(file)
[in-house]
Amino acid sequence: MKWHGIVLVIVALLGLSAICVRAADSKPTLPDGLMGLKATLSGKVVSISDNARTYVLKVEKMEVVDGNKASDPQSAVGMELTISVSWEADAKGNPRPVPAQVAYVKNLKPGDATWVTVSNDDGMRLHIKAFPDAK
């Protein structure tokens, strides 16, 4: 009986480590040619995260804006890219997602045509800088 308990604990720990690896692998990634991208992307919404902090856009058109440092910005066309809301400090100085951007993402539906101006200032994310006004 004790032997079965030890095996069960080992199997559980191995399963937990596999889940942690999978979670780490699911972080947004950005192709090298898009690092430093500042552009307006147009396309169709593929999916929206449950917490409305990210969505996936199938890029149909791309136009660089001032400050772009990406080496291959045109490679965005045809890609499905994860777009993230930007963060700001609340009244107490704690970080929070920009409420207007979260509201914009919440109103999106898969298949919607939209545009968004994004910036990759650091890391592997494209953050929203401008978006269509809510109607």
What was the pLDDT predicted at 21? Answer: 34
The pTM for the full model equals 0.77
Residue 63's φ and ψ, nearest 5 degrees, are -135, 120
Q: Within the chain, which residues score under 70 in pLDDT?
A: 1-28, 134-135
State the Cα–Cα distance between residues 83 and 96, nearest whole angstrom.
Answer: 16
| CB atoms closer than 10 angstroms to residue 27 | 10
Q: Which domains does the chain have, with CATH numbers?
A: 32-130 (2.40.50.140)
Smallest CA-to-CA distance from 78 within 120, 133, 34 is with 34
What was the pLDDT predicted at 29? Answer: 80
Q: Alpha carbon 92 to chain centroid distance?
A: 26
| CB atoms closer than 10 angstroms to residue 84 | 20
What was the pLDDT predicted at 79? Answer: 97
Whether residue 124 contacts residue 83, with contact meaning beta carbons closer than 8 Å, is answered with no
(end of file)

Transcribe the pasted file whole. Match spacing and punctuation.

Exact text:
[in-house]
Amino acid sequence: MKWHGIVLVIVALLGLSAICVRAADSKPTLPDGLMGLKATLSGKVVSISDNARTYVLKVEKMEVVDGNKASDPQSAVGMELTISVSWEADAKGNPRPVPAQVAYVKNLKPGDATWVTVSNDDGMRLHIKAFPDAK
């Protein structure tokens, strides 16, 4: 009986480590040619995260804006890219997602045509800088 308990604990720990690896692998990634991208992307919404902090856009058109440092910005066309809301400090100085951007993402539906101006200032994310006004 004790032997079965030890095996069960080992199997559980191995399963937990596999889940942690999978979670780490699911972080947004950005192709090298898009690092430093500042552009307006147009396309169709593929999916929206449950917490409305990210969505996936199938890029149909791309136009660089001032400050772009990406080496291959045109490679965005045809890609499905994860777009993230930007963060700001609340009244107490704690970080929070920009409420207007979260509201914009919440109103999106898969298949919607939209545009968004994004910036990759650091890391592997494209953050929203401008978006269509809510109607």
What was the pLDDT predicted at 21? Answer: 34
The pTM for the full model equals 0.77
Residue 63's φ and ψ, nearest 5 degrees, are -135, 120
Q: Within the chain, which residues score under 70 in pLDDT?
A: 1-28, 134-135
State the Cα–Cα distance between residues 83 and 96, nearest whole angstrom.
Answer: 16
| CB atoms closer than 10 angstroms to residue 27 | 10
Q: Which domains does the chain have, with CATH numbers?
A: 32-130 (2.40.50.140)
Smallest CA-to-CA distance from 78 within 120, 133, 34 is with 34
What was the pLDDT predicted at 29? Answer: 80
Q: Alpha carbon 92 to chain centroid distance?
A: 26
| CB atoms closer than 10 angstroms to residue 84 | 20
What was the pLDDT predicted at 79? Answer: 97
Whether residue 124 contacts residue 83, with contact meaning beta carbons closer than 8 Å, is answered with no